Erikson is best known for his theory of psychological development, which has its roots in the psychoanalytic importance of identity in personality. Erikson believed that proper psychological development occurs in a series of eight stages, which must follow a specific sequence. Associated with each stage is a positive resolution of an identity conflict, a “virtue,” or a negative failure to resolve the conflict, a “pathology.” A positive resolution to the conflict helps prepare the person to move on to address challenges of the next conflict. Erikson’s theory places most of the emphasis on the first two decades of life, with six of the eight stages happening by young adulthood. Still, Erikson is noted for extending the notion of development into adulthood.

His biographies of Gandhi and Luther reveal Erikson’s positive view of religion. He considered religions to be important influences in successful personality development because they are the primary way that cultures promote the virtues associated with each stage of life. Religious rituals facilitate this development. Erikson’s theory has not benefited from systematic empirical study, but it remains an influential and well-regarded theory in the psychological study of religion.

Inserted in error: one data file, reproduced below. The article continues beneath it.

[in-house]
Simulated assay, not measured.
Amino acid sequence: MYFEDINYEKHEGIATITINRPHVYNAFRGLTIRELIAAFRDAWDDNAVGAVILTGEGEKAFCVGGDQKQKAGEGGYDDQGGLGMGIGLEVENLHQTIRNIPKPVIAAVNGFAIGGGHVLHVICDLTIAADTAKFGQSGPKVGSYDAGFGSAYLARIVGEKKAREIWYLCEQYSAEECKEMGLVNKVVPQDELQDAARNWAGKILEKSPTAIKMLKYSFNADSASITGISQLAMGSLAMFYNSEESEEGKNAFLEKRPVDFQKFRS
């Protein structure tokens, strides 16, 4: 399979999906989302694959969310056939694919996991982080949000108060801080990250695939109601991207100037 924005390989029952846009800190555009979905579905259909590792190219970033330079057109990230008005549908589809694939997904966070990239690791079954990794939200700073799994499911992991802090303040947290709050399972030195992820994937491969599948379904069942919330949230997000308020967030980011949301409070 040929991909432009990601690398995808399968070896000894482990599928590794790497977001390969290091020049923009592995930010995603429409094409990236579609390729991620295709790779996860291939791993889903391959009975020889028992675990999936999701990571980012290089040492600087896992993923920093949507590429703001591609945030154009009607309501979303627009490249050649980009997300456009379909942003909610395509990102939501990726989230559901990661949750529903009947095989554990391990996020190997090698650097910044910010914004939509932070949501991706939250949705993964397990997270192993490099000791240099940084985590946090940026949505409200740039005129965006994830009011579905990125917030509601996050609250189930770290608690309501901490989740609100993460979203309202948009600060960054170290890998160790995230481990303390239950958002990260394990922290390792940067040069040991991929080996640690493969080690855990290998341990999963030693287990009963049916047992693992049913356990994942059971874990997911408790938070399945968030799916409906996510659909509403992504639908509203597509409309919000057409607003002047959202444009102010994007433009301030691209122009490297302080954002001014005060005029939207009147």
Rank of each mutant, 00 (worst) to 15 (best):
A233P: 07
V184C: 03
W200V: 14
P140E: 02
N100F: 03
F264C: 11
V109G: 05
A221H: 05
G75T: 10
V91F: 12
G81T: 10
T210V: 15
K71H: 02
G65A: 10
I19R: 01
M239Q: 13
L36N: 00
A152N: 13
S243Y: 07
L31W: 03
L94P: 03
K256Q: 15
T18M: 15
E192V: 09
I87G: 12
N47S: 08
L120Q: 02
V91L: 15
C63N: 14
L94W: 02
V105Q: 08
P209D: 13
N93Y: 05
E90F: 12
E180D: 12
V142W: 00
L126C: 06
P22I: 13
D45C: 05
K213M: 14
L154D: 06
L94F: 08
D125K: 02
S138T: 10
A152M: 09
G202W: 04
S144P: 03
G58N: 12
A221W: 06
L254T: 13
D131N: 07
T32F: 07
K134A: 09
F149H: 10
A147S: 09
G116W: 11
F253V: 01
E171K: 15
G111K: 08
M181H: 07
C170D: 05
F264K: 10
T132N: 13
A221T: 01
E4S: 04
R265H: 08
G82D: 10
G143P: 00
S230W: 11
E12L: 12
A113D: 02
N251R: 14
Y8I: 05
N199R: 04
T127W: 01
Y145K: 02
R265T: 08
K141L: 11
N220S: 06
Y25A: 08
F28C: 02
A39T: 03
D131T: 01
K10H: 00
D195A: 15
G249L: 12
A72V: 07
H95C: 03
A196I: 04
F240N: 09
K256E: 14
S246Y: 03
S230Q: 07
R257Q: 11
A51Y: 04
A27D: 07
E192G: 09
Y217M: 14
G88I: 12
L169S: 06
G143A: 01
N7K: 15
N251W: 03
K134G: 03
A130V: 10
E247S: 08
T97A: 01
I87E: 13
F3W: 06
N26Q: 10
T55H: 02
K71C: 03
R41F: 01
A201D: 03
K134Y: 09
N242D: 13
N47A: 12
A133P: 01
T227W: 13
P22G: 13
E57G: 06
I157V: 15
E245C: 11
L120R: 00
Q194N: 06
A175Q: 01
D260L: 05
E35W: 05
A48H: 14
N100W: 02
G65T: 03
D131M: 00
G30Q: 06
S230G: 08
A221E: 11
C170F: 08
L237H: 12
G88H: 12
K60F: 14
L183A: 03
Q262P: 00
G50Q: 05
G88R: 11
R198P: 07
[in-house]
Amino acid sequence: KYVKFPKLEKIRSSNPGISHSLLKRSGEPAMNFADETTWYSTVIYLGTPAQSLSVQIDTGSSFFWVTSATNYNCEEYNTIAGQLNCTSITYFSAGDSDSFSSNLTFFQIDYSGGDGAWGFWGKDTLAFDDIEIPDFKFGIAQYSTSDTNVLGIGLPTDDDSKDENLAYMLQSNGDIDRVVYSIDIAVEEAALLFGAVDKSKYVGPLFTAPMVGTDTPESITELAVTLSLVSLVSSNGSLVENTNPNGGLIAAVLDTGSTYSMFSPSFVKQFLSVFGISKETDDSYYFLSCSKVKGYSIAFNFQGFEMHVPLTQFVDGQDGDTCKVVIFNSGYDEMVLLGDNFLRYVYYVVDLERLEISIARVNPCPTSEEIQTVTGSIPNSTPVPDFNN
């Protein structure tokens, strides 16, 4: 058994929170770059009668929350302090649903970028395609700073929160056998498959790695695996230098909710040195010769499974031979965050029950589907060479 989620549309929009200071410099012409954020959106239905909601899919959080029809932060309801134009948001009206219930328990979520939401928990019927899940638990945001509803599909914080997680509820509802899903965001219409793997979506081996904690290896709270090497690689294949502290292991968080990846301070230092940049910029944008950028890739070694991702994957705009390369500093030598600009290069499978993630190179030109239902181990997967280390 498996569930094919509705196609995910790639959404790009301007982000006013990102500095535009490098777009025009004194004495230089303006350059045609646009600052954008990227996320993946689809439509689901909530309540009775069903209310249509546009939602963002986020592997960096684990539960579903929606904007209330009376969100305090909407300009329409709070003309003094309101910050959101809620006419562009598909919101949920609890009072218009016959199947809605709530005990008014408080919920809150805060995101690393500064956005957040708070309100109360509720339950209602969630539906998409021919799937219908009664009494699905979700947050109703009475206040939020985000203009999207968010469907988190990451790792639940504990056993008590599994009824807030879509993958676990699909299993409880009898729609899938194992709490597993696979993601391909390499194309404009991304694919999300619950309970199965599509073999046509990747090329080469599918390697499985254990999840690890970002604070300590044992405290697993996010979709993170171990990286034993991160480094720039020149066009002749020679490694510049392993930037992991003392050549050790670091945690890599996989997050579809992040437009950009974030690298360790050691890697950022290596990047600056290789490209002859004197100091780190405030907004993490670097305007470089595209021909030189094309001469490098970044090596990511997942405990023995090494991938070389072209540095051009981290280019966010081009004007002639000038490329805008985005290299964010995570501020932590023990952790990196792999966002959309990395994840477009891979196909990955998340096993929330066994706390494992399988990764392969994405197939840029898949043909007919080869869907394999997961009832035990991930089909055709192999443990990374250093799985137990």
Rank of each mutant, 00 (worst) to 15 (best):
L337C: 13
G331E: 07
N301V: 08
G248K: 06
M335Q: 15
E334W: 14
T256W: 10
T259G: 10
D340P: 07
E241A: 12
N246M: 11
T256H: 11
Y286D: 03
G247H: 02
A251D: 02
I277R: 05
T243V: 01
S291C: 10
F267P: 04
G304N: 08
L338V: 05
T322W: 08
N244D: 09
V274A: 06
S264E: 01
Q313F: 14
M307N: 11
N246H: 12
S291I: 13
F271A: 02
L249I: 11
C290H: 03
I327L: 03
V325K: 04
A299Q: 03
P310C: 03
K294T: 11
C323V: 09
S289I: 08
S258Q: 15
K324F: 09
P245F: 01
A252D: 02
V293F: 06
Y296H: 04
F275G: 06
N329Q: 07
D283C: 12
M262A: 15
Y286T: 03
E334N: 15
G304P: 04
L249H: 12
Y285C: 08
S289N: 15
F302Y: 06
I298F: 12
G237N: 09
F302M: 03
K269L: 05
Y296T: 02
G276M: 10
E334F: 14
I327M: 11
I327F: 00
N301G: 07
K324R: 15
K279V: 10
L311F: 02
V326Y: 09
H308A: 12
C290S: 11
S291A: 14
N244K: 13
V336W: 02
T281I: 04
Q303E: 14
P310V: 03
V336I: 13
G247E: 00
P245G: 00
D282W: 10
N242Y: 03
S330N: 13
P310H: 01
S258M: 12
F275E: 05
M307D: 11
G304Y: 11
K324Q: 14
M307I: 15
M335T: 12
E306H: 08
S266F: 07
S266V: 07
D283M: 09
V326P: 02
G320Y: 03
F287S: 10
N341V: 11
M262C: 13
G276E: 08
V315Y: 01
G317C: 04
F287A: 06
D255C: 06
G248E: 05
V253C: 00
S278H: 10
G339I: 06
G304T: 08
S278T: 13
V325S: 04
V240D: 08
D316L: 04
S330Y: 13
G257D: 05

Dr. Mike Nielsen, Professor and Chair of the Georgia Southern University Psychology Department permitted the publication of this article from his  excellent website on the psychology of religion–www.psywww.com/psyrelig/.

[3] Abraham Maslow’s Hierarchy of Needs:

A Christian Perspective

by Andrew Pfeifer, Director of the Office of Distant Education, Andrews University

See to it that no one takes you captive through hollow and deceptive philosophy, which depends on human tradition

and the basic principles of this world rather than on Christ.”

-Colossians 2:8 NIV


One of the most commonly adopted theories regarding human needs, motivation and learning is Abraham Maslow’s hierarchy of needs.  The western world in particular has based much of its work in educational, business and motivational theories on the assumption that Maslow was right.

Ewart Woolridge goes so far to call Maslow the “high priest” of needs and motivation and his theories are widely accepted and used.  His hierarchy of needs theory is attractive, according to Woolridge, because it “provides a practical and understandable picture” of needs. 1